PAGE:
Recently, the CCAP Livingstonia Synod called the multibillion-kwacha agricultural subsidy a drain on public resources that has failed to end hunger and poverty.
The Affordable Inputs Programme (AIP) and its predecessors have only left the poor dependent on the costly subsidy sustained only to enrich politicians and their business cronies.
The tenderpreneurs have reduced the subsidy to a legal tool for draining the Account Number One.
Every year, government spends billions subsidising subsistent farming riddled with multiple inefficiencies amid climate-related weather shocks.
Too much or too little rain all works to the detriment of AIP beneficiaries who have neither financial resources nor technical know-how to irrigate their crops.
This leaves the rain-dependent farmers in need of food aid.
As the subsidy has failed to break the vicious cycle of hunger and poverty, every year, the government is under pressure to subsidise grain prices for the poor majority who dominate the AIP lists.
This reduces the subsidy to a cash cow or scheme for amassing votes and enriching politicians as well as their cronies, who import, transport and distribute the inputs.
The politically-connected businesses drain over half of the subsidy.
When maize production fails due to drought, floods or pest attacks, the same curtails supply grain for hungry farmers to avert famine.
Besides, there are few commercial maize farmers in the country, but there are about seven large maize milling companies. The grain they process is mostly grown by subsistent farmers supported by government through AIP for domestic consumption.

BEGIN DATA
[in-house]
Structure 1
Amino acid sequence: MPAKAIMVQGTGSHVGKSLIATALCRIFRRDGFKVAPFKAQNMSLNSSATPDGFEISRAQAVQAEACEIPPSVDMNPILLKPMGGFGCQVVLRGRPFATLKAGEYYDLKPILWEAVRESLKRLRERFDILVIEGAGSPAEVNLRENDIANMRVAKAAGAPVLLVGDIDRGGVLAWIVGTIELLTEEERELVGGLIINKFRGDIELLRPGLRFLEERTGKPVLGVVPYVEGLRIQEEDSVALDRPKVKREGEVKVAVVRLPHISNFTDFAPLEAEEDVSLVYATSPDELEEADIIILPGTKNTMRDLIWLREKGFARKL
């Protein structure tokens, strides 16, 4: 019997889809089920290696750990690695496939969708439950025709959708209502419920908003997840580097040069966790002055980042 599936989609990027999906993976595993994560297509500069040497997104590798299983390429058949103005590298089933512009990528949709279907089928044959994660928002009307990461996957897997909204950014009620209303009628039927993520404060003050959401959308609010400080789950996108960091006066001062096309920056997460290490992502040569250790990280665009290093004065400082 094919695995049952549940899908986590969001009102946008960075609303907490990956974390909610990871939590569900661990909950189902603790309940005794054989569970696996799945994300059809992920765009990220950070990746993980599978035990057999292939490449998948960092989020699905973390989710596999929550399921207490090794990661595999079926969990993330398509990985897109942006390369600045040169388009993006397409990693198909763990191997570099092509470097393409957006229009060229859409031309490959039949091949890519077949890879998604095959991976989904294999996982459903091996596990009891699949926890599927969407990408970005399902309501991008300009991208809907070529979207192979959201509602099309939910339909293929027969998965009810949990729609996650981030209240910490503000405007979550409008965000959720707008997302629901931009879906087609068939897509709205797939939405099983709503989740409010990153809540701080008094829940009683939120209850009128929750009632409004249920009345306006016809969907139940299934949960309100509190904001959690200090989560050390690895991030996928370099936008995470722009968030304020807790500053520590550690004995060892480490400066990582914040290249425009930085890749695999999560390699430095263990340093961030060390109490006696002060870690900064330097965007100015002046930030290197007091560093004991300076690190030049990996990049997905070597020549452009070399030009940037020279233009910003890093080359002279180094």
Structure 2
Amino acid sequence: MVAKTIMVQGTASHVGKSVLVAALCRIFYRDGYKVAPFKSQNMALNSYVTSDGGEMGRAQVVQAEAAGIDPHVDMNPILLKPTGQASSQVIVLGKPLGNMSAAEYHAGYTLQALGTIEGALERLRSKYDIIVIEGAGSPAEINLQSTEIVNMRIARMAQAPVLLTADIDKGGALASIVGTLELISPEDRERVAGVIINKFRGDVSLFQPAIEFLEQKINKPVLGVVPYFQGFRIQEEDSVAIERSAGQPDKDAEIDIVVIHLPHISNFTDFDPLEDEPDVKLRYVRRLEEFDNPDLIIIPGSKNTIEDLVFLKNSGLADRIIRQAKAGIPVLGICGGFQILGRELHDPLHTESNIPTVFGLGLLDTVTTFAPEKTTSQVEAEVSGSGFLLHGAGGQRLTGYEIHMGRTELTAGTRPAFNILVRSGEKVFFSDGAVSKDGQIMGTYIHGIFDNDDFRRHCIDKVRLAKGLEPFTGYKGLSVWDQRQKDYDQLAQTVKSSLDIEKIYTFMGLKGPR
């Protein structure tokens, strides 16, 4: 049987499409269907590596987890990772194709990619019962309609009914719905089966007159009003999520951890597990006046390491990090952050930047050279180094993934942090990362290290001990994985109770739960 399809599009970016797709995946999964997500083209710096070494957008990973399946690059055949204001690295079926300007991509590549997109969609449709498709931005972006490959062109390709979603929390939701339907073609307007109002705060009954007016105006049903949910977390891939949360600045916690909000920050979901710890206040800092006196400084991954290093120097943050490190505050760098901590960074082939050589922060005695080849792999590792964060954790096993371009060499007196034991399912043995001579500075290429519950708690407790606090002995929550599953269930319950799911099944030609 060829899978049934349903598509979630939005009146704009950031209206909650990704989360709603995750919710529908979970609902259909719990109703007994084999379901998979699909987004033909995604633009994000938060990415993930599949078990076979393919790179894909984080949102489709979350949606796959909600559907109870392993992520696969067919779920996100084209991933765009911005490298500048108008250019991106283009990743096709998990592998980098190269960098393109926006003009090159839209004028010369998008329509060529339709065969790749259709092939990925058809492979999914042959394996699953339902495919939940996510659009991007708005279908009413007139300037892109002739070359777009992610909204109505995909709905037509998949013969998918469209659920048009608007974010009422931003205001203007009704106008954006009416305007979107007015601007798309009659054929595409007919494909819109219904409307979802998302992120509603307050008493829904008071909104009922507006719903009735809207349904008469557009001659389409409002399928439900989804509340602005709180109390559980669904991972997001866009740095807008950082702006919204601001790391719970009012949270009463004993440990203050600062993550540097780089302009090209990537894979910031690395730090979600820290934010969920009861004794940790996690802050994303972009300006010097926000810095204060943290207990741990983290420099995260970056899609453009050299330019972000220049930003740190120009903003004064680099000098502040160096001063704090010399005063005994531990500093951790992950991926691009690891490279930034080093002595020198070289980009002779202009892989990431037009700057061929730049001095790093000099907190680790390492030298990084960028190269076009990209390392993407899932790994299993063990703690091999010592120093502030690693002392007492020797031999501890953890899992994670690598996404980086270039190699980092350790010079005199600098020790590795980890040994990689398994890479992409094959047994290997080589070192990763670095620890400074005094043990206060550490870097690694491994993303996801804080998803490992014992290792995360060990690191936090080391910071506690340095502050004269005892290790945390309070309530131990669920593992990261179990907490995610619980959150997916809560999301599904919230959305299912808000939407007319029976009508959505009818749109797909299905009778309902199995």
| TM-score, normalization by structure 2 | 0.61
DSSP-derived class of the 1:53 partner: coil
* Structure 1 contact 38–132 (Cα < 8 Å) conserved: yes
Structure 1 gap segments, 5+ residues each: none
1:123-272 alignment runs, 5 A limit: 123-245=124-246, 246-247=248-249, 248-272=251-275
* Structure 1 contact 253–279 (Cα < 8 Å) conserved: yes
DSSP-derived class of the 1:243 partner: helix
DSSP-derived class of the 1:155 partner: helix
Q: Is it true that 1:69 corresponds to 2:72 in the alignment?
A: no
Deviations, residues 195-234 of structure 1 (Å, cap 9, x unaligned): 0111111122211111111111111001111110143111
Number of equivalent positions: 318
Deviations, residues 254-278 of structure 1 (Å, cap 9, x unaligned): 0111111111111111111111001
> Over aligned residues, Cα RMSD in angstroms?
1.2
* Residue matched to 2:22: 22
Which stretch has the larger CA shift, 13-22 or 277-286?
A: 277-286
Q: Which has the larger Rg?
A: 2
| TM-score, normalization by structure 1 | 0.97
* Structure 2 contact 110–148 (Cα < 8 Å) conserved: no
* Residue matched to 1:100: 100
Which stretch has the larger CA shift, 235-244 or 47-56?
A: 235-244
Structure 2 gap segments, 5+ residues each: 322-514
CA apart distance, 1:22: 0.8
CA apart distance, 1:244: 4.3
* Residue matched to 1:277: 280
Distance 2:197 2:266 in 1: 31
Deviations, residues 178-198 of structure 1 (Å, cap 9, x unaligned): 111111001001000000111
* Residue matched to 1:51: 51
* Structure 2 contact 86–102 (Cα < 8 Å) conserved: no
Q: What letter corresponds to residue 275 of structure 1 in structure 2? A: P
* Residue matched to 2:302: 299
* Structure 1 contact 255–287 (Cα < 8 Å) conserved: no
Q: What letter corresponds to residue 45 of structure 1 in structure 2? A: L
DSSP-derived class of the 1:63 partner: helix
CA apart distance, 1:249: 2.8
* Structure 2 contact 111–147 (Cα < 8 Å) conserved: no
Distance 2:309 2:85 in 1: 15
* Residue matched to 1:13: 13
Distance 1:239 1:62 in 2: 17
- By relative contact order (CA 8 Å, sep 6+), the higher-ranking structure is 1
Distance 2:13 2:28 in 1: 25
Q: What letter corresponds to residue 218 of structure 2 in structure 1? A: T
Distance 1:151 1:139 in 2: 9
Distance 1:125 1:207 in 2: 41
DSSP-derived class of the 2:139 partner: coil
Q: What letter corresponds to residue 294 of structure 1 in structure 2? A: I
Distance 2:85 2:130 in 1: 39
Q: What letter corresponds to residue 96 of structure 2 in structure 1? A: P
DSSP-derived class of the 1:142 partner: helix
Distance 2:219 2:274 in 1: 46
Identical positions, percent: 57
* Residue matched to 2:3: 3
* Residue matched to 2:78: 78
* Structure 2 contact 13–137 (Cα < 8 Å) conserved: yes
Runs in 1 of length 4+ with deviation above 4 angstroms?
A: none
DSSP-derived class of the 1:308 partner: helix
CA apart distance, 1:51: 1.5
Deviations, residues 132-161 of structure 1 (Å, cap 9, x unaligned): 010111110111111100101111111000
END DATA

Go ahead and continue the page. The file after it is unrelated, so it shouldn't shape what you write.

Strangely, politicians and technocrats seldom interrogate where these companies get their maize.
Throughout the country, subsistent farmers openly sell grain meant for household food security to grain millers’ middlemen at prices that hardly recoup the cost of fertiliser.
The government cannot neglect the open grain sales because it pays a huge price to make the vital inputs affordable.
Effectively, the government is subsidising the grain for rich companies to make a killing from the toil of the poor AIP is meant to unshackle from hunger.
Additionally, farming is not just about inputs. Giving people subsidised inputs is nothing minus modern farming techniques.
Farmers without the requisite know-how will still go hungry and require subsidised grain from government silos.
Government needs to offer farmers modern farming techniques by investing more in agricultural extension programmes as did the one-party system.
Also, revive farm inputs’ loans for all who can ultilise them and repay according to their productivity.
The one-size-fits-all subsidy programme is just a politically convenient flop to entice voters.
Terminating the subsidy in its current form will free the Ministry of Agriculture to concentrate on other vital functions stifled by obsession with AIP, now worth K110 billion that only makes few rich elites richer.
This is happening at the expense of fisheries, livestock development, land resource management, extension service and research.
The laborious AIP activities overwhelm the ministry’s staff, forcing them to ignore other beneficial functions. The imbalanced focus slowly collapses vital services though agriculture remains the bedrock of Malawi’s economy.
Despite slumping into disarray, the sector employs over four in every five Malawians of working age.
The Integrated Household Survey of 2020 shows that Lilongwe and Phalombe, once highly productive agricultural zones, are among the districts inundated with poor households. This is ironic.
The emphasis on subsidised inputs for maize production have led to the slow death of other vital crops such as tobacco, cotton, beans and sunflower, shrinking industries that depended on these raw materials and jobs they offered.
Clearly, the current obsession with AIP is a poisonous pill requiring an antidote now, not later.
Petty politics of the belly will continue to hurl Malawi into abyssal poverty.